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"Who Dat?" is a loaded question way down in New Orleans these days. For the uninitiated and/or Yankees among us (author included), "Who Dat" is the chant that Saints fans use to cheer on their beloved 2010 Super Bowl champs. As of late, the cheer is the subject of at least one cease and desist letter and one trademark suit.
According to a terrific and wide-ranging report on ChillingEffects.org, the first quarter play in the Who Dat battle began with the NFL hitting two local establishments with cease and desist letters for selling merchandise combining the Saints colors of black and gold, the team insignia (and that of the city, the state, as well the ancient French Royal family, the Bourbons, and other ruling European dynasties) of the fleur-de-lys and the saintly slogan, "Who Dat."
According to a complaint, kicking off what we will just call the second half of play, the NFL failed in its attempt to lay claim to the Who Dat phrase. This Complaint was filed March 4 by Sal and Steve Monistere, the owners of Who Dat, Inc. The brothers Monistere say they are the true owners of the actual Louisiana state trademark of the Who Dat phrase, as linked to the New Orleans Saints. The NFL is just one of the defendants in this suit.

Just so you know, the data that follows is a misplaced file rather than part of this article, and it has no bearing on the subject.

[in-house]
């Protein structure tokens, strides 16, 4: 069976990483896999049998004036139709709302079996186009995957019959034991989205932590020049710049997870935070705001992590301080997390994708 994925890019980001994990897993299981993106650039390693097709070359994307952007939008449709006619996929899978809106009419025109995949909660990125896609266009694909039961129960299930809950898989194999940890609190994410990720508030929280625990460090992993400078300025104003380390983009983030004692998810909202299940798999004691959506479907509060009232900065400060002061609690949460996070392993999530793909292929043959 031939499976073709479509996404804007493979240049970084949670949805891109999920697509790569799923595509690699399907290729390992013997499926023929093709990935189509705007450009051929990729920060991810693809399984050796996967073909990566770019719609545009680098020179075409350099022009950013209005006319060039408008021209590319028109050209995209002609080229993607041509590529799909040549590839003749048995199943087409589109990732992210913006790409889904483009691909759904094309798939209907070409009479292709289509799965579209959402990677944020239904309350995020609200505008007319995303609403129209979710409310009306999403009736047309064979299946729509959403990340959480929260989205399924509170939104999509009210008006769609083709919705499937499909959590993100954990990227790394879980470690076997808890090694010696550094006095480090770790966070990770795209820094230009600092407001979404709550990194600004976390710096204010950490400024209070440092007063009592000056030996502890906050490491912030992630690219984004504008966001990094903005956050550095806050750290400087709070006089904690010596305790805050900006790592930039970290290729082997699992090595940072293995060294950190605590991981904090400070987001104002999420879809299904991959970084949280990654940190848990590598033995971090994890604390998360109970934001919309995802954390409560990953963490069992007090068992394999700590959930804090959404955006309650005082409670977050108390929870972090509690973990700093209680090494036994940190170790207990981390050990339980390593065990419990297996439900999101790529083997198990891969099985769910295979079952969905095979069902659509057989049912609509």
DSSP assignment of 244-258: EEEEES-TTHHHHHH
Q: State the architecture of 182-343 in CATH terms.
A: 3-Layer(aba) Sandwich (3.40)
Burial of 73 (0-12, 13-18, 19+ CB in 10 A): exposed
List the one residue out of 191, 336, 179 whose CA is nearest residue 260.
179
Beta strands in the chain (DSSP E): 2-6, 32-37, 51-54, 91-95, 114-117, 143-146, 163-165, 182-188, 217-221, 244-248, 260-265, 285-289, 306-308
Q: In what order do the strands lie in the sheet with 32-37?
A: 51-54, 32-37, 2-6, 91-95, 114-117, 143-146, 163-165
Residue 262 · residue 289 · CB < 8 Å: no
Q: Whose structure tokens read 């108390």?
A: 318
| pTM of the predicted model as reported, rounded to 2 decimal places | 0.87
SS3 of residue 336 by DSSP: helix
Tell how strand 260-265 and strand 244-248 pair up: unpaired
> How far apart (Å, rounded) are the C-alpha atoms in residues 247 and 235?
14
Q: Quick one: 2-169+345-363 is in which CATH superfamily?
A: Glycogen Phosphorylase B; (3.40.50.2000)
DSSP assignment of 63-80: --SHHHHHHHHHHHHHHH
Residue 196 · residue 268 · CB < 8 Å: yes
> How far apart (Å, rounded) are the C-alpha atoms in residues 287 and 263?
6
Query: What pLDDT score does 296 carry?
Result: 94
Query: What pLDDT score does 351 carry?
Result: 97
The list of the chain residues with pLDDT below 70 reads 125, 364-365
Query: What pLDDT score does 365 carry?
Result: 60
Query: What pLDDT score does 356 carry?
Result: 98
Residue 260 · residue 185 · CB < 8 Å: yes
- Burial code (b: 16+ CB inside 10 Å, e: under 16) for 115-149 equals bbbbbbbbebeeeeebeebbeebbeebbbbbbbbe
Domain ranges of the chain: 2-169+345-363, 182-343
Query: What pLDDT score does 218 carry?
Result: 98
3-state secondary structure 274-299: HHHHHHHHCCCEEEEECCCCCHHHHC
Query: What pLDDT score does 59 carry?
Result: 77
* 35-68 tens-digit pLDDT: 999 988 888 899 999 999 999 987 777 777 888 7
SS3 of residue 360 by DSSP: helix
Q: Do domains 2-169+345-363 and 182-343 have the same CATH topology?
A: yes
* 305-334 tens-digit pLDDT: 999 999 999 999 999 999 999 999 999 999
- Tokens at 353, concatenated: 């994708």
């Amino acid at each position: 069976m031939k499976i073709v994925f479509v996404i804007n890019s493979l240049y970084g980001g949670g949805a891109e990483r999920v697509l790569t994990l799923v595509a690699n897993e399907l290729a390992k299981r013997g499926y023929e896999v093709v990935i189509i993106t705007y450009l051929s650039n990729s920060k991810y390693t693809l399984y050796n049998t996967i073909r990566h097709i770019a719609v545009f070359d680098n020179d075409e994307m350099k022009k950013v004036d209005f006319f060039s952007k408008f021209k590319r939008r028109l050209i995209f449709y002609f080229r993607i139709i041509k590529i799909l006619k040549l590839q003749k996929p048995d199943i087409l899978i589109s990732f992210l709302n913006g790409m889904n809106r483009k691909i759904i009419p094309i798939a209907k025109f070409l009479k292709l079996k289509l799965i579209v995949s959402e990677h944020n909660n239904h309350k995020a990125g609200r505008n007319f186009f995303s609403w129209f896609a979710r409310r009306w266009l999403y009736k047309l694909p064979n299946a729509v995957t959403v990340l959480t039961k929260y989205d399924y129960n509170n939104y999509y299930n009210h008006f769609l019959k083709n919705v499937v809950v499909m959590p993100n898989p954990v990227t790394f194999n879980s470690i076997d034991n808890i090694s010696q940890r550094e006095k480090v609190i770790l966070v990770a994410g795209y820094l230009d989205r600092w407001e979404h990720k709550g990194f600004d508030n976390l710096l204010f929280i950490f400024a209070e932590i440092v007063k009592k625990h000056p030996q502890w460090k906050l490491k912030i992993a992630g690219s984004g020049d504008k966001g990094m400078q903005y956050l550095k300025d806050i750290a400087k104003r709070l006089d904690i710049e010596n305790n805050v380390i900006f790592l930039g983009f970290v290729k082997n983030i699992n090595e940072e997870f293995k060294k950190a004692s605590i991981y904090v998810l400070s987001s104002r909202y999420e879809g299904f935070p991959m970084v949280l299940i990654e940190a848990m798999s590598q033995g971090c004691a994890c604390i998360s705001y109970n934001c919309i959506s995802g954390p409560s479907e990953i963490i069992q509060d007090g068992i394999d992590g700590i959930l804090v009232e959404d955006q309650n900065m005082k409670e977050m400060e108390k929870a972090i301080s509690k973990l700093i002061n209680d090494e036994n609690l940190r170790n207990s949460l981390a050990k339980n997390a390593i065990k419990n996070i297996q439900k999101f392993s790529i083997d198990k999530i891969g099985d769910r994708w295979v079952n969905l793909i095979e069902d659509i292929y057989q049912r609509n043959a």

The Monistere brothers detail in a 93 page complaint their "nurturing" activities, beginning in the early '80's, that made the phrase, once simply part of the culture of New Orleans, into the chant specifically related to support of their hometown football heroes. They reference the many licensing agreements entered into for merchandise (T-shirts, mug, lapel pins, sweatshirts... the list is endless) and the musical performances they produced, including one featuring the Neville Brothers.
As well documented as the Who Dat, Inc., Complaint is they have several roadblocks to ultimate success. The first, may be the "public domain" argument well outlined against the NFL by Chilling Effects. According to that article, the phrase "who dat" is interwoven into New Orleanian culture stemming from the vaudeville and mistral shows of the 1800's and morphing into team chants for local high schools as early as the 1970's.
The second hurdle, not an entirely legal one, is something Chilling Effects calls the "Streisand Effect," but which this blog will update by calling it the "South Butt Effect." By any name, the result is the same: the harder you try to stop something, the more the ensuing attention you bring to it increases its notoriety. The original "South Butt Effect" occurred when the famous outdoor apparel company, North Face, sued a then totally unknown "indoor apparel" company, South Butt, for trademark infringement. The suit and bullying posture of North Face only increased the sales and support of the upstart clothing purveyor. That case is on-going.
In the Who Dat case, it is clear that the local boys can take on the big, bad NFL. Regardless, the harder Who Dat, Inc., tries to hold on to something that just maybe, New Orleanians feel belong to all of them, the more it may slip away. No matter what a court says.